Hines, Ill. — Josh Dobbelstein drives as close to the middle of the road as he can. Over on the side, in a plastic bag or stuffed in the carcass of a dead dog, that's where he knows the enemy intent on killing him hides bombs.
Just the other day he dove to the floor of a vehicle he was riding in when he mistook the sound of a trucker hitting his brakes for a machine gun.
They are the kinds of precautions that keep soldiers at war alive. But Dobbelstein left Iraq more than 16 months ago, and for him they are vestiges of a war he can't seem to shake.
He's trying, though. The 23-year-old is getting help from a clinic at Hines VA Hospital just outside Chicago set up to help veterans of Iraq and Afghanistan with post-traumatic stress disorder.
Programs for veterans suffering from what once was called "shell shock" aren't unique. At Hines, though, every veteran who comes in for treatment, no matter the reason, is checked for post-traumatic stress disorder. And they all have access both to individual therapy and a support group with fellow veterans.
"If they register for any type of care, for a rash or depression, they will be screened," said Dr. Chirag Raval, a psychiatrist at Hines who has treated about 150 veterans at the clinic he established after serving three months in Iraq.
The effort, which Hines officials say is unlike any in the nation, is evidence that VA hospitals and military leaders are finding new ways to locate and help veterans returning Iraq in Afghanistan.
In Florida, for example, the Pensacola Naval Hospital has placed advertisements in civilian newspaper to make families - not just veterans themselves - aware of its counseling program. Navy hospitals are also reaching families through a series of online videos about post-traumatic stress syndrome.
"They are a different breed and they need to be handled differently," Raval said of the Iraq and Afghanistan veterans.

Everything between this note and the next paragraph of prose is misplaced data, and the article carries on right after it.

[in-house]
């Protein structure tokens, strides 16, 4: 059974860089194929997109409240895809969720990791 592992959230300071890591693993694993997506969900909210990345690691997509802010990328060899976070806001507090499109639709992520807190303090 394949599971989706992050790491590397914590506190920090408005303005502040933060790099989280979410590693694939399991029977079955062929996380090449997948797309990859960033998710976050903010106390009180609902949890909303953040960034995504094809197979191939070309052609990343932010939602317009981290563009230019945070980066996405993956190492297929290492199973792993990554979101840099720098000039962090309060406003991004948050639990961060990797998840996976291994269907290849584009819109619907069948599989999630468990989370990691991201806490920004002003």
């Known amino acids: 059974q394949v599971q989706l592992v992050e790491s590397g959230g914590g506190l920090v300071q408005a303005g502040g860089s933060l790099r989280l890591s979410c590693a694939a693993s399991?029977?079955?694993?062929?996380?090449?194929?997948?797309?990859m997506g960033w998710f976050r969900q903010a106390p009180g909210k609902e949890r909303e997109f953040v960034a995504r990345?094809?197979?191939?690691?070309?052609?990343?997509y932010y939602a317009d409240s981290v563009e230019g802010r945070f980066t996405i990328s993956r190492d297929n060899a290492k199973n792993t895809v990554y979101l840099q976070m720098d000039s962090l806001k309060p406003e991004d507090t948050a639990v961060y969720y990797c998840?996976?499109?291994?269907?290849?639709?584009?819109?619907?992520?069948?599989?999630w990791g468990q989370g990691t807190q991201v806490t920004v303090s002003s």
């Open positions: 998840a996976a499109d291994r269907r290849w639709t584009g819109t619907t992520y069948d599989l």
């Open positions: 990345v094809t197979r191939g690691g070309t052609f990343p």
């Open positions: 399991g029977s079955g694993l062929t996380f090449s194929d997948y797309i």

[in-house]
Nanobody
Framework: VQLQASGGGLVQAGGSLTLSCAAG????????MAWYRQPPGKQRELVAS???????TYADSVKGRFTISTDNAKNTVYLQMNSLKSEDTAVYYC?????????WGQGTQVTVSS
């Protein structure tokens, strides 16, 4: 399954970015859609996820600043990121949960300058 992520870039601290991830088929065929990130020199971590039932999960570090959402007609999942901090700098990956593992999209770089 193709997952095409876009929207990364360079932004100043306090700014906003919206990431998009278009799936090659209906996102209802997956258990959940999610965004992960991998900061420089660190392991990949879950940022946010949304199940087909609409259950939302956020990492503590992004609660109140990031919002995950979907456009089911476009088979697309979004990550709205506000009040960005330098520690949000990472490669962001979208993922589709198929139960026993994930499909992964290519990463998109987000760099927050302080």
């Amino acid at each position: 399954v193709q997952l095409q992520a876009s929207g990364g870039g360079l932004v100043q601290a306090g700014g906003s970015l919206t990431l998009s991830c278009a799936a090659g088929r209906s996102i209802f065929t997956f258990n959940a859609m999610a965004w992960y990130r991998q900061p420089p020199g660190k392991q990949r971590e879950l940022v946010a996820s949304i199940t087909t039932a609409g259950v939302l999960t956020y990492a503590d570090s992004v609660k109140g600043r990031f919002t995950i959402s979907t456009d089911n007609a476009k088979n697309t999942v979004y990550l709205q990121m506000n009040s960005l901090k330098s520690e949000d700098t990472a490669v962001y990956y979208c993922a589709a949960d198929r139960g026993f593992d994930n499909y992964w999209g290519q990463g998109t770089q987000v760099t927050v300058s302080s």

A cornerstone of the treatment is the recognition that while these veterans share experiences familiar to anyone who has seen combat, their war was different.
"You never really knew the enemy," said Dobbelstein, whose job included scouring roadways for explosive devices. "It could be the guy standing next to you who detonated the bomb, for all you knew."
That meant never dropping your guard.
"It's like you're driving down the highway, and you're like, 'Just let me see it, let me see it, don't let me miss something that could get us killed,"' Dobbelstein said.
Raval said because everyone from truck drivers to infantrymen were at risk, virtually all of his patients have seen a bomb explode or known someone injured or killed.
"On the base where I was, the psychiatrist before me was injured when a mortar exploded in front of him," he said. "So, nobody's safe."
One recent study found a third of U.S. soldiers who served in Iraq the first year of the war later sought mental health treatment - a statistic that suggests thousands of veterans might need help.
The Department of Veterans Affairs says it is stepping up its efforts to offer psychological help - pointing out that besides readjustment counseling at more than 200 community-based Vet Centers established after Vietnam, 44 Returning Veterans Outreach and Care programs were established last year and more than 40 more are scheduled to open.
Dobbelstein's life has improved since going to Hines.
"I still have flashbacks, but they're more manageable," he said. "I don't feel as turbulent any more. I don't sleep with weapons now.
"I lock my doors, but I don't barricade them."